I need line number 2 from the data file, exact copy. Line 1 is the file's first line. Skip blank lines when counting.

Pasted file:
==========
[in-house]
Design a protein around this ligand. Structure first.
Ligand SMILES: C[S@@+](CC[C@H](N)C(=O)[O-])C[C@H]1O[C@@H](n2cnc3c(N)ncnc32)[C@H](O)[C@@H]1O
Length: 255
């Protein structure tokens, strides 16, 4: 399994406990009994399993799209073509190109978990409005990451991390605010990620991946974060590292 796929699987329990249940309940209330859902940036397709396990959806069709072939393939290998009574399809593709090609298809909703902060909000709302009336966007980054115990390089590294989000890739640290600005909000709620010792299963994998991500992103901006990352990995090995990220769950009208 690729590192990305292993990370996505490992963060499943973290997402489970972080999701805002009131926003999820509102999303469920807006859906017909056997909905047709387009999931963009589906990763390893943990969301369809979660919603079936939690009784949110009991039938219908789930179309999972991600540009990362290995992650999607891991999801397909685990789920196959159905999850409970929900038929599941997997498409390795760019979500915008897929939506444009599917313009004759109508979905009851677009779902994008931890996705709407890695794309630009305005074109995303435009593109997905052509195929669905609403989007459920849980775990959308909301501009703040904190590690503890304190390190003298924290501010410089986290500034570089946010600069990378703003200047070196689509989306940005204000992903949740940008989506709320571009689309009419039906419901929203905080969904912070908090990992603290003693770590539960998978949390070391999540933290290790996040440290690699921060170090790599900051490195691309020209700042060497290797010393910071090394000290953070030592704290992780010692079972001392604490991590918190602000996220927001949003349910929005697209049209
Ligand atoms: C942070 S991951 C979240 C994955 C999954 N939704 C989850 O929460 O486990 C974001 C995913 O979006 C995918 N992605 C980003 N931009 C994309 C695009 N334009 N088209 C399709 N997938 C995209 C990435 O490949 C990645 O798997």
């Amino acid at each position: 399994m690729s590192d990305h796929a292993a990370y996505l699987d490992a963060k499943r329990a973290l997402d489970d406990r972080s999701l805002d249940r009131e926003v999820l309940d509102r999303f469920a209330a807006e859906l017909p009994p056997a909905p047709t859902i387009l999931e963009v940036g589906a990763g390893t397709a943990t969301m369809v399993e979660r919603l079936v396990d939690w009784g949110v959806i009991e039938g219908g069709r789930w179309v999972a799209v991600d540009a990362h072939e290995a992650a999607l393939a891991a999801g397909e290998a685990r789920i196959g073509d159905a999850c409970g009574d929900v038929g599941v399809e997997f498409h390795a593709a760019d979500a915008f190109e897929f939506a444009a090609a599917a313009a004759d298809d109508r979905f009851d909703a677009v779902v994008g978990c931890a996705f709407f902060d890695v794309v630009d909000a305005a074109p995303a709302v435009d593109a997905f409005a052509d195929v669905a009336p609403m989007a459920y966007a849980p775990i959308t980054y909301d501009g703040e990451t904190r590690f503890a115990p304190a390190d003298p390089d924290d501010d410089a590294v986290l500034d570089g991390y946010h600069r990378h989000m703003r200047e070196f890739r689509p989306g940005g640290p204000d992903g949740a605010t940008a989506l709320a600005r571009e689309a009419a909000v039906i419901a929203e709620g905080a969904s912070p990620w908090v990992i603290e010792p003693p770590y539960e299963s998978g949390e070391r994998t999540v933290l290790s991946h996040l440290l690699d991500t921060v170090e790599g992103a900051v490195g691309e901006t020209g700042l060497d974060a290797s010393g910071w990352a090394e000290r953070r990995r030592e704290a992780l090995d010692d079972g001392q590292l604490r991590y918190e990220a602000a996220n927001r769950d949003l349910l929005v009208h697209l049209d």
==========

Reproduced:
Design a protein around this ligand. Structure first.